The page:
The speaker said that he could just imagine that everybody must have thought: “This dude must be really bad. He’s a prisoner, he caused that ship to wreck, and now a snake is jumping out of the fire to bite him.” But then he said Paul did something very simple that we would all do well to learn when we are facing adversity. He shook it off. He didn’t scream, he didn’t have a pity party, he shook it off.
Now this was a period of time when Taylor Swift was probably still an infant. So Paul was definitely not shaking it off to the tune of her “sick beat!”
But I have to admit the first time I heard her song (which honestly has some pretty silly lyric), some of the lyrics really grabbed my attention.
Like: But I keep cruising
Can’t stop, won’t stop moving
It’s like I got this music
In my mind
Saying, “It’s gonna be alright.”
I’m pretty sure if this song had been out, I would’ve played it that day on the beach, and would’ve sung it at that part of it at the top of my lungs as I laid there with my bandaged swollen leg propped up. I’m not sure but I think I might’ve even gotten up and jumped around dancing on one leg!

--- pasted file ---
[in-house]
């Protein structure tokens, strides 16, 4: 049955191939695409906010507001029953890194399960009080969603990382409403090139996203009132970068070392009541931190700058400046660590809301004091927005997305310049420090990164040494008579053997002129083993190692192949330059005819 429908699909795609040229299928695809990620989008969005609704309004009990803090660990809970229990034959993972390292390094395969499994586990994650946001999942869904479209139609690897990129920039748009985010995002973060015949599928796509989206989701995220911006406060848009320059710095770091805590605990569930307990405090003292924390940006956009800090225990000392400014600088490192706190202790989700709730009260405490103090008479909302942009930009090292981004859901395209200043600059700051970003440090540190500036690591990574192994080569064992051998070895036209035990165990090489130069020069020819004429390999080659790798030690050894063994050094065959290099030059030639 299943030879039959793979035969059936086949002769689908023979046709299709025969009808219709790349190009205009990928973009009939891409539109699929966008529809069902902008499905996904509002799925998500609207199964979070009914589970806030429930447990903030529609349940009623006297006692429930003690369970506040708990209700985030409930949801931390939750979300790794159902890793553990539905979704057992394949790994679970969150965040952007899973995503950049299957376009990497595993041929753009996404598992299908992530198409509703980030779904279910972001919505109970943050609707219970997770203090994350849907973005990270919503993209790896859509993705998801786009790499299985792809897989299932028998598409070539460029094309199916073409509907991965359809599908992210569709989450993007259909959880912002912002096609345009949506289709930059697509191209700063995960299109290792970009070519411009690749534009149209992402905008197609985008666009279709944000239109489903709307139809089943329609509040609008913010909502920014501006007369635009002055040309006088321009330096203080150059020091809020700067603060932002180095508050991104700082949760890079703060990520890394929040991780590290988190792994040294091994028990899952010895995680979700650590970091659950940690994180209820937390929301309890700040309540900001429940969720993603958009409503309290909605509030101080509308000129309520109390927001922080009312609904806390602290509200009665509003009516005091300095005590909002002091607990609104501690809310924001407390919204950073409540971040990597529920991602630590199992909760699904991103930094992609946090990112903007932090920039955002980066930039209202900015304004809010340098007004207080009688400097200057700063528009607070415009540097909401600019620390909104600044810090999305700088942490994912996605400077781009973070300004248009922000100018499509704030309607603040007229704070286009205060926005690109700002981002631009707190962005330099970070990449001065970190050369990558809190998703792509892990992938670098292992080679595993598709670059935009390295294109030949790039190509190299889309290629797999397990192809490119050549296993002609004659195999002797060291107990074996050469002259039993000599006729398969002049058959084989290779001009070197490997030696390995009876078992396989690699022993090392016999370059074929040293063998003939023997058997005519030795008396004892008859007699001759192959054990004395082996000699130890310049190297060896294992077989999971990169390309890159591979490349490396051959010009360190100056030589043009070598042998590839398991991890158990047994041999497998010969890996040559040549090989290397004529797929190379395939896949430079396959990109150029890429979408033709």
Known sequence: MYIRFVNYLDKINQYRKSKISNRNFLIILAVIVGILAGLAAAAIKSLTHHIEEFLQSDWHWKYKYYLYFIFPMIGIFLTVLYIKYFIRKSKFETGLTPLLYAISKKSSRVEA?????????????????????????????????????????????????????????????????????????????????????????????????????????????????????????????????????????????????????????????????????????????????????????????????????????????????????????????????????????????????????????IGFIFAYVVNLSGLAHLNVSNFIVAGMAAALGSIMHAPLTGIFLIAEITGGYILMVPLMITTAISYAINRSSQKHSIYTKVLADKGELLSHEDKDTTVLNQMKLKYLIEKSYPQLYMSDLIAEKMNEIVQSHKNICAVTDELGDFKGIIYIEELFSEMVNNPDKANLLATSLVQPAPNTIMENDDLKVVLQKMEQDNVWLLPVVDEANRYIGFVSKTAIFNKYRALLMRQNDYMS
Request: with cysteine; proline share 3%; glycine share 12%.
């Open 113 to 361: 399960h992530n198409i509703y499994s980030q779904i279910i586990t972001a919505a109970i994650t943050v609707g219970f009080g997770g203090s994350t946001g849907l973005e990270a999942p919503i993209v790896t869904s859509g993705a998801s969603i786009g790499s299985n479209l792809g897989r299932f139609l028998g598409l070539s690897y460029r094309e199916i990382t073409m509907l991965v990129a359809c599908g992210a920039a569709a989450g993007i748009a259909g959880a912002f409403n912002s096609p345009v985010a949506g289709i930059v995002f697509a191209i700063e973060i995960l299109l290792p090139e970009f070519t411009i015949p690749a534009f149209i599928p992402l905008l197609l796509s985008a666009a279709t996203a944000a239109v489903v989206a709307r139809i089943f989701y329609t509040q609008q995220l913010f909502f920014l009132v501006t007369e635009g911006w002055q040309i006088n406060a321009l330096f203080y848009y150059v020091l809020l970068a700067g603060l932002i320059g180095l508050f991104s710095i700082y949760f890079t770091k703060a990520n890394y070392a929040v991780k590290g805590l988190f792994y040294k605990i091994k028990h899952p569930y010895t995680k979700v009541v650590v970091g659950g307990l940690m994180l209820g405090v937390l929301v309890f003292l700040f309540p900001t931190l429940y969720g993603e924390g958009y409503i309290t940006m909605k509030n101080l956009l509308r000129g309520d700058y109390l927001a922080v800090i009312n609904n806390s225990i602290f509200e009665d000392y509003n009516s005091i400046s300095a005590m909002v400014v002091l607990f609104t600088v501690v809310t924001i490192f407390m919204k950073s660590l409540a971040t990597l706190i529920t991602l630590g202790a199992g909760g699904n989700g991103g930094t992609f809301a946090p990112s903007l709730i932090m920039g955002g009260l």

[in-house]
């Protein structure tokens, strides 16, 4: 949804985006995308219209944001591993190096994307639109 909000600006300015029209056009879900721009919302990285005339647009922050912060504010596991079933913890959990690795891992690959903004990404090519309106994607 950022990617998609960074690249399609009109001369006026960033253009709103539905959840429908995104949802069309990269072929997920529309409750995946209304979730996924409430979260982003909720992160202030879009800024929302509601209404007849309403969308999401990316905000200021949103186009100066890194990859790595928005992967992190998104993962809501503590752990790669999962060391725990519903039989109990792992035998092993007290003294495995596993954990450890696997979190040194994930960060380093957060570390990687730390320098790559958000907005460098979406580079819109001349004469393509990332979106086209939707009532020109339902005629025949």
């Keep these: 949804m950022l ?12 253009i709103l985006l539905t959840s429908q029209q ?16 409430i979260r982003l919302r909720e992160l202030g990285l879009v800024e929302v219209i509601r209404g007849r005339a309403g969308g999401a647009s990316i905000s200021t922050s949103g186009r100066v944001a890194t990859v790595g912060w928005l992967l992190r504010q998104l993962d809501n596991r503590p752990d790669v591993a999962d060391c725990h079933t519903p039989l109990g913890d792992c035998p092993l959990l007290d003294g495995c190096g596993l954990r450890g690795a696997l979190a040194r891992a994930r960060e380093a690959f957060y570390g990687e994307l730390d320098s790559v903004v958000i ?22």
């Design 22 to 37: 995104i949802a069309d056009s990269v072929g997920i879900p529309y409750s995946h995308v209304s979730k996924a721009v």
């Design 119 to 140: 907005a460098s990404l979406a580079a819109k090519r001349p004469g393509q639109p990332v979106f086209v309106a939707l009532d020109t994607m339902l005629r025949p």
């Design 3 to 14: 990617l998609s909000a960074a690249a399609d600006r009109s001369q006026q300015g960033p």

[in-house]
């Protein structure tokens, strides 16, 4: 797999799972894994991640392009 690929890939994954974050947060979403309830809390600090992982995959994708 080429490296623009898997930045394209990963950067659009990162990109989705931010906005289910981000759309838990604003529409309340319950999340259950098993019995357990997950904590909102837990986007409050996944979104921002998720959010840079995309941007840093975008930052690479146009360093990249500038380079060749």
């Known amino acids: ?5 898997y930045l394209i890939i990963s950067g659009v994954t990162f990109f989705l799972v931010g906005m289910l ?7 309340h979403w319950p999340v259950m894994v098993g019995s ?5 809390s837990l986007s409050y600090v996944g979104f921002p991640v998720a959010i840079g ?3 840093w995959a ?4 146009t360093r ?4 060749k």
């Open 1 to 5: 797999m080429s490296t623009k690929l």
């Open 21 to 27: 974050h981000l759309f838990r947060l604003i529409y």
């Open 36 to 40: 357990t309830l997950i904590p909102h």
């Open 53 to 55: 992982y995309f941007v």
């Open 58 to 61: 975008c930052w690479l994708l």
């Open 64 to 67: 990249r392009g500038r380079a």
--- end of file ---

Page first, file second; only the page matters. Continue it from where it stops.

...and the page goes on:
My new program was opening in three days. I had a decision to make. I certainly had every right to extend my stay, and just lay on the beach for at least a week while I recovered. I had an amazing team back in Dallas, and certainly, they could have handled the opening without me.
But I had worked on this program for almost 2 years. It was the heart and soul of everything that I found important in healing the hole in the souls of addicts, of survivors of sexual abuse, and physical abuse.